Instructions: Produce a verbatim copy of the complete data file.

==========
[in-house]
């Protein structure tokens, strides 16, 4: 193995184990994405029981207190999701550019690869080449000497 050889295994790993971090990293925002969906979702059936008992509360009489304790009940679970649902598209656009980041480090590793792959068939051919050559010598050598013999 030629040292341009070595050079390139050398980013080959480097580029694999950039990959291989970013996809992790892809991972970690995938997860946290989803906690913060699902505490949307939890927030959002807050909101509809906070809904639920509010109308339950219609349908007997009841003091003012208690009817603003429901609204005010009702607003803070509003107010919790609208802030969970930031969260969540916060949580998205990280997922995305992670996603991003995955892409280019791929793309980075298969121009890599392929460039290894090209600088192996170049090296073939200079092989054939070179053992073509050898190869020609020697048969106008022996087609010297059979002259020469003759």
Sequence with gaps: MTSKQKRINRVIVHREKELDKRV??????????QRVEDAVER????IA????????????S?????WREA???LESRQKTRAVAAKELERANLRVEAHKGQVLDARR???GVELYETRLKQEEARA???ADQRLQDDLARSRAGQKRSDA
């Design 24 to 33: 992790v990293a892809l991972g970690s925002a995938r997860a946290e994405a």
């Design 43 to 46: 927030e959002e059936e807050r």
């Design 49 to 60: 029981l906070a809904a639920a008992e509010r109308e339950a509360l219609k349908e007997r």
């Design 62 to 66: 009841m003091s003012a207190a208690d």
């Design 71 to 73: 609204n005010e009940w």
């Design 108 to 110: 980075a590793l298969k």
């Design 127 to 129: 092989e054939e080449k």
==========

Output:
[in-house]
């Protein structure tokens, strides 16, 4: 193995184990994405029981207190999701550019690869080449000497 050889295994790993971090990293925002969906979702059936008992509360009489304790009940679970649902598209656009980041480090590793792959068939051919050559010598050598013999 030629040292341009070595050079390139050398980013080959480097580029694999950039990959291989970013996809992790892809991972970690995938997860946290989803906690913060699902505490949307939890927030959002807050909101509809906070809904639920509010109308339950219609349908007997009841003091003012208690009817603003429901609204005010009702607003803070509003107010919790609208802030969970930031969260969540916060949580998205990280997922995305992670996603991003995955892409280019791929793309980075298969121009890599392929460039290894090209600088192996170049090296073939200079092989054939070179053992073509050898190869020609020697048969106008022996087609010297059979002259020469003759």
Sequence with gaps: MTSKQKRINRVIVHREKELDKRV??????????QRVEDAVER????IA????????????S?????WREA???LESRQKTRAVAAKELERANLRVEAHKGQVLDARR???GVELYETRLKQEEARA???ADQRLQDDLARSRAGQKRSDA
């Design 24 to 33: 992790v990293a892809l991972g970690s925002a995938r997860a946290e994405a």
């Design 43 to 46: 927030e959002e059936e807050r």
């Design 49 to 60: 029981l906070a809904a639920a008992e509010r109308e339950a509360l219609k349908e007997r």
């Design 62 to 66: 009841m003091s003012a207190a208690d």
């Design 71 to 73: 609204n005010e009940w």
């Design 108 to 110: 980075a590793l298969k």
């Design 127 to 129: 092989e054939e080449k």